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The following essay was written by Mohammad and Priscilla Yadegari.

It was summer of 2017 and we were in our car on vacation in the Adirondacks. My cell phone rang and my daughter said, “Turn on your radio right now.” It was a program on getting your manuscript published. My wife and I had worked on our manuscript, ALWAYS AN IMMIGRANT, A CULTURAL MEMOIR, for several years and it was basically finished. We needed a publisher.

During the program the guest speaker suggested attending writing conferences, specifically discussing the WriteAngles Conference held annually in South Hadley, Massachusetts. We found the conference online and attended that fall.

The conference was wonderful, including speakers, individual short meetings with agents, and workshops. It was there that we met WriteAngles Journal editor Joan Axelrod-Contrada who has been more than encouraging over the last three years. We attended three conferences and participated in other activities where we read portions of our book to audiences and other writers. We found everyone helpful, friendly, and encouraging.

We were tending toward self-publishing because we did not want to spend five years looking for an agent or a publisher. We had talked to a business outfit which assisted authors in self-publishing their books. What concerned us was the fact that they didn’t even intend to read the book. They would just print it as given. Formatting, copyediting, proofreading, interior design, and cover were our responsibility.

Then at the WriteAngles Conference in 2019, we attended a session called “Paths to Publication” where panelists discussed the pros and cons of big publishers, indie presses, and hybrids. The term hybrid refers to a model in which authors invest in their projects up front — in lieu of receiving an advance, as from a traditional publisher.

In addition, we met with one of the panelists, Mary Bisbee-Beek. We must congratulate WriteAngles Conference for their choice. Mary was extremely forthcoming to our needs and desires. When we mentioned that we did not want to spend a long time searching for a publisher, she suggested White River Press, a collaborative publishing company. (It is seemingly a hybrid but they insist on the description collaborative.)

The advantage of this collaborative press is that they are selective in their choice of books to publish, and they insist that all manuscripts published by them be brought up to industry standards. This includes being copy-edited and professionally proofread as well as using a professional designer for the book cover and arrangement of the text. The cost of this process was charged to us (our upfront investment). Another advantage is that White River Press uses a print-on-demand format. Books are printed as needed and there is no need to decide on a number of books (50, 100, 500) up front.

While we had thought that our manuscript was in excellent condition, we were very impressed with the work that they did and very pleased with the final product.

White River Press gave us a tentative schedule for each step in the process and they kept to that schedule very successfully. The book, ALWAYS AN IMMIGRANT, A CULTURAL MEMOIR, is listed with Amazon, Barnes and Noble, bookshop.org, and wholesalers Ingram Book Company and Baker & Taylor. We have had some good reviews and a podcast interview. At this point, we are hopeful about selling a good number of books.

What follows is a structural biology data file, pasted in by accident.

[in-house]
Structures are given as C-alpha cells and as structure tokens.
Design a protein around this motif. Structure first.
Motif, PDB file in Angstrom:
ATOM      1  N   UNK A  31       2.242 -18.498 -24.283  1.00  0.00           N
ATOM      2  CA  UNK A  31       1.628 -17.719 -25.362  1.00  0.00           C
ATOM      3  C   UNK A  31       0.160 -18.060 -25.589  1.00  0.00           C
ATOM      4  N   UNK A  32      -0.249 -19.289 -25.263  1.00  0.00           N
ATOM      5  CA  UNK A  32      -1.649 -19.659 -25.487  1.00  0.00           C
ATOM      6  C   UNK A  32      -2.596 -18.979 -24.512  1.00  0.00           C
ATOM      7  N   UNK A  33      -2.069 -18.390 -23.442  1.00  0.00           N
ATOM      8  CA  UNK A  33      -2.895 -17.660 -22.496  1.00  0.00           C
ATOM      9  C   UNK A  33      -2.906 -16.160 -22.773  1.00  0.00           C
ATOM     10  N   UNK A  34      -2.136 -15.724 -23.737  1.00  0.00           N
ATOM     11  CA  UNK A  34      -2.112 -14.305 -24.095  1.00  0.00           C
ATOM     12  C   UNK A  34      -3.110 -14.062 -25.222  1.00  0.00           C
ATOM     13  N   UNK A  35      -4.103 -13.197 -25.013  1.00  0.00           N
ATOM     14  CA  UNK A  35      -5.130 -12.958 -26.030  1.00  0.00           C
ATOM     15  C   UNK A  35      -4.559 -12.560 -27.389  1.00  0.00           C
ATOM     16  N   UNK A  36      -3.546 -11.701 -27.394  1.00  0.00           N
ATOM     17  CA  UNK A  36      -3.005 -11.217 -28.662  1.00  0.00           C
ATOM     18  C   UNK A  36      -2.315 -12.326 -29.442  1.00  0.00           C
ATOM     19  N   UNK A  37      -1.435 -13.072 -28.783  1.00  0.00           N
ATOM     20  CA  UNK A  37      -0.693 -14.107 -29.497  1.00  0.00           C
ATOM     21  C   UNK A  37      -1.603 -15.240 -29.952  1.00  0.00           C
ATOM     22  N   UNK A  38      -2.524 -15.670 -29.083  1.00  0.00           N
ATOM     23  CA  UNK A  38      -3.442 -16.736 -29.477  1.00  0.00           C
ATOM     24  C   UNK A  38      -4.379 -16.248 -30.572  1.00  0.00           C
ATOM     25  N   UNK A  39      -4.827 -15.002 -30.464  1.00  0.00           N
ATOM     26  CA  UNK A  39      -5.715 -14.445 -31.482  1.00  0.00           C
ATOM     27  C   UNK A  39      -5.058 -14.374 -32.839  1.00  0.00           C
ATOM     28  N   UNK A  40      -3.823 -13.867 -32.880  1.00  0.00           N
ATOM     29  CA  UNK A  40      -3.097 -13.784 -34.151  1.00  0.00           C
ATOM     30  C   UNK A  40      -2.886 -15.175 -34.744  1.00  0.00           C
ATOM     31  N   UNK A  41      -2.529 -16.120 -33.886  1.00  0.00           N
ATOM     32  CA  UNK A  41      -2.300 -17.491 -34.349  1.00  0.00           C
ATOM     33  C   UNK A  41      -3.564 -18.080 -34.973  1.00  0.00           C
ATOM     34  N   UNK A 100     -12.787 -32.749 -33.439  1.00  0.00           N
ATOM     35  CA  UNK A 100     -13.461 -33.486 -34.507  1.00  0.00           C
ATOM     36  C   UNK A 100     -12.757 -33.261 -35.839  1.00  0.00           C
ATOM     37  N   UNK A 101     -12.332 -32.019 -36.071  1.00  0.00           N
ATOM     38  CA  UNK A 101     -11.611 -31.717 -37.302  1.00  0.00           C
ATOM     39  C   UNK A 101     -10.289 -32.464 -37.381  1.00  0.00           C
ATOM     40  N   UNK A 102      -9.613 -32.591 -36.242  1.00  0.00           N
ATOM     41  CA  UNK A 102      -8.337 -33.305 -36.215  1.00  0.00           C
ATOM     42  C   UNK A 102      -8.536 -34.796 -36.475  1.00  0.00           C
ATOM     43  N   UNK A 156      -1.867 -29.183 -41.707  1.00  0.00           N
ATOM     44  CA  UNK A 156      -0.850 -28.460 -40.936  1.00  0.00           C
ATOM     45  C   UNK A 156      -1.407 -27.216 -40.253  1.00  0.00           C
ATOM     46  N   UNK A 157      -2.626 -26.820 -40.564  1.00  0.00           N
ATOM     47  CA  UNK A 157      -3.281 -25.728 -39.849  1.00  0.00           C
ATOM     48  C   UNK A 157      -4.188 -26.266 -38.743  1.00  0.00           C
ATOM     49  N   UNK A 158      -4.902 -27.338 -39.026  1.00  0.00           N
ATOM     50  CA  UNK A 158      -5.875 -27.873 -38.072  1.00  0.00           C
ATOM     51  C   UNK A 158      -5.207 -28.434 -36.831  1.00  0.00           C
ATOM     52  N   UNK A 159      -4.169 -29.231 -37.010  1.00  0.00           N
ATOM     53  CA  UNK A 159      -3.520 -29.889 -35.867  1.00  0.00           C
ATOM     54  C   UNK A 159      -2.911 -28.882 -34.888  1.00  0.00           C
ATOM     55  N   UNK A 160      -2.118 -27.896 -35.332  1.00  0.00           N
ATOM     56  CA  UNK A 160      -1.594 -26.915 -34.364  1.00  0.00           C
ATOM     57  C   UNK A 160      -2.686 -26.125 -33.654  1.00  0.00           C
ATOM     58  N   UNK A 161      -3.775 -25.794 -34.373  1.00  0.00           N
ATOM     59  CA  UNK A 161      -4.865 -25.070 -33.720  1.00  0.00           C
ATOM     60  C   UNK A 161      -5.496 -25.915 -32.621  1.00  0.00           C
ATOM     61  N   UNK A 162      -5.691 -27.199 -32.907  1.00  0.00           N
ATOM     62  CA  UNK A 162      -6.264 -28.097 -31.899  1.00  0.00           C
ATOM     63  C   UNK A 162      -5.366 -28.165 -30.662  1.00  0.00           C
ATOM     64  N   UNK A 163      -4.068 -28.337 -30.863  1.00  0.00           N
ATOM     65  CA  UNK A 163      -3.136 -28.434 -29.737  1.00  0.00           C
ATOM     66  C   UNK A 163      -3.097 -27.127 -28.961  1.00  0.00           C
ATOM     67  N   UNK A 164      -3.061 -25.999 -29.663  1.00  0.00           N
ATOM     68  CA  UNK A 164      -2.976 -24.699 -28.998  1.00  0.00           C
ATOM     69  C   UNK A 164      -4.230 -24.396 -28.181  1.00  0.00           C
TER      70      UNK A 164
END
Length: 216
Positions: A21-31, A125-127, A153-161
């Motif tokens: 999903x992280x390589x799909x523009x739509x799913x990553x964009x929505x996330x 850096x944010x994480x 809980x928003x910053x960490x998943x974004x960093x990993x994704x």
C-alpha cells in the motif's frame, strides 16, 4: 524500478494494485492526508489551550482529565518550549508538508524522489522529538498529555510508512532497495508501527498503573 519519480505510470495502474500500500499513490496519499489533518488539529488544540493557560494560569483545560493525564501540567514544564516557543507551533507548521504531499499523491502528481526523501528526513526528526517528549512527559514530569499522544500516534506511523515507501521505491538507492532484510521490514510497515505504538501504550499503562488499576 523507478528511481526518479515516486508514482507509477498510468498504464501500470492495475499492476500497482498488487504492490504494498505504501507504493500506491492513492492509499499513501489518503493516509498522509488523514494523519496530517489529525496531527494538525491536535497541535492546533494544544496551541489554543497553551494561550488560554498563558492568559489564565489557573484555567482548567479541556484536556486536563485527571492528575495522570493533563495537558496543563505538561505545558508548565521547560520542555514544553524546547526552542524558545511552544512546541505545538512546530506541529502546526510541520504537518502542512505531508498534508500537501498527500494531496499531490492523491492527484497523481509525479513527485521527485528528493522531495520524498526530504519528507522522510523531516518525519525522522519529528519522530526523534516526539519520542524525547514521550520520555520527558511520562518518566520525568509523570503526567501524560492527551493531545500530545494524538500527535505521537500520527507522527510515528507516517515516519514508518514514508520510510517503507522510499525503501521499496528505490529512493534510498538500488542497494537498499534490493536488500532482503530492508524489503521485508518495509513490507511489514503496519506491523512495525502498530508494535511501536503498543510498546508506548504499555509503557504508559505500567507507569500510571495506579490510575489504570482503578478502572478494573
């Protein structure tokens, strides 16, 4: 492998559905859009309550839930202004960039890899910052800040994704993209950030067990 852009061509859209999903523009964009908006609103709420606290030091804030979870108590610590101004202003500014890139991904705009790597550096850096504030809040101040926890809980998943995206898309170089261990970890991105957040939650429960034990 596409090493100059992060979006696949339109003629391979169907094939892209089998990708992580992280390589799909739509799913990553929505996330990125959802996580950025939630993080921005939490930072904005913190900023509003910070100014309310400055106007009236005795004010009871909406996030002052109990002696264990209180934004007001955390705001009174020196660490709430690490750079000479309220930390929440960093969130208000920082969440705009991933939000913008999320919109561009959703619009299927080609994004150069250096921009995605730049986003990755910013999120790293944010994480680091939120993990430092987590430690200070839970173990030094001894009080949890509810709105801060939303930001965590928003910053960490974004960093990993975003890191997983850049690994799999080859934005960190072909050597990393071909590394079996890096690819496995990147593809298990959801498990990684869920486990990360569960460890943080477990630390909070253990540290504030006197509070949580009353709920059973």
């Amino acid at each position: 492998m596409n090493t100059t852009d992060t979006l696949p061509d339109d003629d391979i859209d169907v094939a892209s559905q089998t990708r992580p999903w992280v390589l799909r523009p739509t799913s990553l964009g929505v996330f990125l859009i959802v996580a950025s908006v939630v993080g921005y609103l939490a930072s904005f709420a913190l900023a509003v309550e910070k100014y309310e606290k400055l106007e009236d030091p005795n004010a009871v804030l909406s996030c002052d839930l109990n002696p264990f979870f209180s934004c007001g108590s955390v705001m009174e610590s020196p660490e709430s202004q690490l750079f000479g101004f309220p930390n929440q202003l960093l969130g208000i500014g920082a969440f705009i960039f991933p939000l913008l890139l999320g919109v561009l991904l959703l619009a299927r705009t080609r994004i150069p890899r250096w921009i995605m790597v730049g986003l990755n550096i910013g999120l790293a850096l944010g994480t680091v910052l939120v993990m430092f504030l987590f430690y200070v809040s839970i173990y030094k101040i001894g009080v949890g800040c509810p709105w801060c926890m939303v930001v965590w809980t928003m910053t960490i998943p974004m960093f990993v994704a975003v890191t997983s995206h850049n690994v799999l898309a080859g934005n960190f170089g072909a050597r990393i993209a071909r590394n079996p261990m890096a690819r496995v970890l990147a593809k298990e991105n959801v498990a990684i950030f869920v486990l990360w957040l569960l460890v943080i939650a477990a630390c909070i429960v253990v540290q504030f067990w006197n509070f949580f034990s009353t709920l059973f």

We once heard of a survey that asked authors why they wrote their books. The most common reply was “Because I had to.” It feels great to be finished! Without the WriteAngles Conference we might still be chasing our dream.

In memoriam

Those of us who organize and produce the annual WriteAngles conference recently learned of the death of Daisy Mathias, a much admired and well-liked member of our group. For years she has helped to plan the conference, contributing both her wisdom and enthusiasm. For several years she served as the planning committee’s coordinator. More recently she has organized poetry panels and workshops. We will miss her terribly.

 

 

We have decided not to hold an in-person conference this year on October 30 because of uncertainty about conditions in the Fall. We are currently having virtual meetings to plan what we might do instead, possibly involving hosting live panels or speakers via digital streaming — on one or more  dates.

We would love to hear from those who have ideas about what sorts of things they would like to see.

Also, if you have had positive — or negative — experience with online panels or conferences and have suggestions on how best to conduct them, please let us know.

Event of interest

Literary journal Meat for Tea is celebrating the 14th anniversary of the magazines with a gala event, Le Cirque des Tartes, on March 7, 2020, 7 pm – 12 am at Sonelab, 142 Pleasant Street, Easthampton, MA. The extravaganza will feature art, film, standup comedy, music, and, of course, spoken word. Admission is $5.

New flash memoir

We have published a new flash memoir by Anita Pappas-Raposa.

 

 

New flash memoir

We have published a new flash memoir by Joan Axelrod-Contrada.

New flash fiction

We have published a new work of flash fiction by Mary Anne Slack.

 

New flash memoir

A new flash memoir has been published, by Aisha-Sky Gates.

 

 

New flash memoir

Now published, a new flash memoir by Mohammad Yadegari.

 

 

New flash memoir

We have published a new flash memoir by Kari Ridge.

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